Topping and tailing green beans on the chopping board. There’s mangetout too, before the fruit kicks in with rich mandarin orange. The fruit is all-pervasive now, with richer dried elements in the fade. Oddly, just as things begin to darken, grassy and wild flower aromas make everything fresh and new again. Hard to pin down.

    Palate

    Wonderfully silky texture, aided by the alcohol. That also makes the fruit explosively aromatic, whether it’s of the fresh or dried persuasion. Water teases out more of that grassy element, along with weak orange squash in a plastic beaker.

    Finish

    Resurgent, with more dried fruit.

    Conclusion

    There’s a lot to like here, and a lot to experience, thanks to the somewhat unusual combination of Oban and European oak. A little more coherence would lift it to another level. And the price…? Hmm…

    Right place, right time

    ‘I’ve got my spine, I’ve got my Orange Crush.’

    Pittyvaich 28 Years Old

    Pittyvaich 28 Years Old
    Price band
    £ £ £ £ £
    ABV
    52.1%
    Production type
    Single malt whisky
    Region
    Speyside
    Availability
    4,680 bottles worldwide
    Flavour camp
    Fruity & Spicy
    Nose

    Fizzy, sherbety citrus fruit, then overripe apple sporting a couple of bruises. That effervescent, Space Dust-like element persists, alongside a lime character that brings to mind Clare Valley Riesling. Then… an unexpected nuttiness that lightens into hay loft with water. Slightly odd, but not as odd as its reputation suggests.

    Palate

    Nuts! Pecans dusted with garam masala, with orange juice highlights. Cereal, yeasty flavours, edging into beef stock. The casks are happy to sit back and watch. Water brings out a brighter note of tangerine and a prickle of anis. Plenty to think about.

    Finish

    Liquorice torpedoes.

    Conclusion

    Funky, fun and just a little dirty around the edges.

    Right place, right time

    The gorgeous and grubby sound of Isobel Campbell and Mark Lanegan.

    The Singleton of Glen Ord 14 Years Old

    The Singleton of Glen Ord 14 Years Old
    Price band
    £ £ £ £ £
    ABV
    57.6%
    Production type
    Single malt whisky
    Region
    Highland
    Availability
    Limited quantities worldwide
    Flavour camp
    Fruity & Spicy
    Nose

    Softly-spoken and polite; rounded and almost treacly, with no hint of the elevated abv. A little shy and almost embarrassed to show its grassy, lightly fruity side behind a gentle veil of cask influence. A judicious amount of water reveals a creamy, blackcurrant-and-apple character, and then the grassy Ord identity finally shows itself.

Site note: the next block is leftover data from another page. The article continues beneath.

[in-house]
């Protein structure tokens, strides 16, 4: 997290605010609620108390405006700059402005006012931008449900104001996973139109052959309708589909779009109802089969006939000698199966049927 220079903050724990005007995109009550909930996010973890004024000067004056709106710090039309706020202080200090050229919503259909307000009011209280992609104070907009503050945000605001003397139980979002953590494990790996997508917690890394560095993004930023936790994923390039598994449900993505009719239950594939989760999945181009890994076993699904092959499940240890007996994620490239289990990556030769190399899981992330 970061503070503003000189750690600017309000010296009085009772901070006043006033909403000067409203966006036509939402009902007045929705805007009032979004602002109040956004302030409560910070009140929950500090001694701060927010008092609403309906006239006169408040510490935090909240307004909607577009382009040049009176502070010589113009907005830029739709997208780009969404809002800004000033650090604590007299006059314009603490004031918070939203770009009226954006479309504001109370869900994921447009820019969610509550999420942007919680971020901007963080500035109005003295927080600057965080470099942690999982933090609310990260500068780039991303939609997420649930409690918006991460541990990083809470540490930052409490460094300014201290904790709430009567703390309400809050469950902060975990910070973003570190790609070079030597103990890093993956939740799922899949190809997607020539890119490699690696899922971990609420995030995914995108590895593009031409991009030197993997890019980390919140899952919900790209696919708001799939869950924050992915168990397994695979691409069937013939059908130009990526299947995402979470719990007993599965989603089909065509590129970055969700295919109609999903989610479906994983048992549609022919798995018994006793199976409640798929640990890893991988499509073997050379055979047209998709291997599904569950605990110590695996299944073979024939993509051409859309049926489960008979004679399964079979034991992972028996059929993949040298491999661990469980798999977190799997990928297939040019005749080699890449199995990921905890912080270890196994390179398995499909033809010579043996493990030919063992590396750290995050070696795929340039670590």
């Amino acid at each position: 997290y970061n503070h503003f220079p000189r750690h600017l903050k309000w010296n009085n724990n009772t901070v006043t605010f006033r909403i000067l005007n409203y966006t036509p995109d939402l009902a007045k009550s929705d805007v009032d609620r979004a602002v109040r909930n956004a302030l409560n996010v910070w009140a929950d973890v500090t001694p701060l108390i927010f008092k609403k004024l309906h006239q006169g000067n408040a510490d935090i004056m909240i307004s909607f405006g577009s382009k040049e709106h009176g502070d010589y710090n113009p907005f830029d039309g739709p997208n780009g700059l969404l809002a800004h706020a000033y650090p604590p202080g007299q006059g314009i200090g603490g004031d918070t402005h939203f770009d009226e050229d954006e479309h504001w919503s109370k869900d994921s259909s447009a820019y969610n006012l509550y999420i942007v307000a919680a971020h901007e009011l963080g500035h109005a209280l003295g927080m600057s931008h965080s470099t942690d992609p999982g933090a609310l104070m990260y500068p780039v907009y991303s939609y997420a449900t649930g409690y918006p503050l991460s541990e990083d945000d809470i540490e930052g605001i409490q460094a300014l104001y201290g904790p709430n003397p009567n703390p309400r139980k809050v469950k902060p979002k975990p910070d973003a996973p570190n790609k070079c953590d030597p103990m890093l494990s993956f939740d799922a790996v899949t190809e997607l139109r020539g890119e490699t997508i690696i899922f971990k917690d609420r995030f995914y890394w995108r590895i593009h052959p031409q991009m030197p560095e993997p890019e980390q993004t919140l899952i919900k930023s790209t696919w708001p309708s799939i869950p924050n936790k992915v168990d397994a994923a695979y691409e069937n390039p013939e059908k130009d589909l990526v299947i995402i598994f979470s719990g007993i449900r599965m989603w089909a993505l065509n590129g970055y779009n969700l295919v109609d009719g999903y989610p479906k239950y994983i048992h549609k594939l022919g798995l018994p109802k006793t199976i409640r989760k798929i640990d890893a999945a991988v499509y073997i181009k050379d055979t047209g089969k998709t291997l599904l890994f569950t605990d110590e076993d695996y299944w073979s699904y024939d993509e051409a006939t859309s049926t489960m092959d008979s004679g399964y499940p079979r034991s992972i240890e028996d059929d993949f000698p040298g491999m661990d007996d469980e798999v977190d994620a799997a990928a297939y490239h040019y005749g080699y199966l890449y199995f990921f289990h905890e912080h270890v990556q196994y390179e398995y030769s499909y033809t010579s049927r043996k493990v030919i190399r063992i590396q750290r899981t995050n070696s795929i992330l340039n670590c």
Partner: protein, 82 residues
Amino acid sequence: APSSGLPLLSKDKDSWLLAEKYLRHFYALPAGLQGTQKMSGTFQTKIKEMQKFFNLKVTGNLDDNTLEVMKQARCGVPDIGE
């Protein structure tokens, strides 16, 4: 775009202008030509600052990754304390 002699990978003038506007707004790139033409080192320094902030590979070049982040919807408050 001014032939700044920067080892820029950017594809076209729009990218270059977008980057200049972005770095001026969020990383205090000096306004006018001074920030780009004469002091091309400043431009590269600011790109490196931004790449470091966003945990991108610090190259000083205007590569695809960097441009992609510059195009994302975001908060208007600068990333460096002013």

Palate

    Oily and vinous, rich with dried fruits and an edge of spice and well-tanned leather. Surprisingly punchy and broad, filling the mouth with black fruits that dribble down the chin. Not too heavy on the water, or it’ll dry quickly.

    Finish

    Blackcurrants and bitter cherries.

    Conclusion

    I took extensive notes on the cask policy behind this whisky, and I still don’t fully understand it. Matured three times in five different casks, including European oak (twice), American oak, ex-PX with toasted ends and ex-Moscatel wine; then married. Slow maturation reflecting slow fermentation and maturation… A neat idea, and a decent-value whisky.

    Right place, right time

    A cosmopolitan kind of whisky for a Man of the World.

    Talisker 8 Years Old

    Talisker 8 Years Old
    Price band
    £ £ £ £ £
    ABV
    59.4%
    Production type
    Single malt whisky
    Region
    Islands
    Availability
    Limited quantities worldwide
    Flavour camp
    Smoky & Peaty
    Nose

    Immediate nose prickle (clock the abv), followed by notes of green apple and a sulphurous waft. A slightly counter-intuitive combination of richer tropical fruit and greener, immature notes redolent of rampant hedgerow weeds in early summer. There’s smoke, but it’s an accompaniment.

    Palate

    Very smooth, given that nose prickle. The smoke is billowing and ascending now, blotting out almost all of the Talisker pepper. There’s tangy green fruit – mushy gooseberry and greengage – before the smoke turns tarry and slightly bitter. It’s all a little frenetic until water tames and calms, ekeing out white pepper and relegating the smoke.

    Finish

    With water, Talisker hoves into view.

    Conclusion

    Hard not to compare this with Lagavulin 8, another (relatively) youthful expression with a history. It lacks the Laga’s sheer vivacity, but offers great value and a new perspective on a much-loved single malt.

    Right place, right time

    ‘Thank you naivety, for failing me again’… Saved These Words.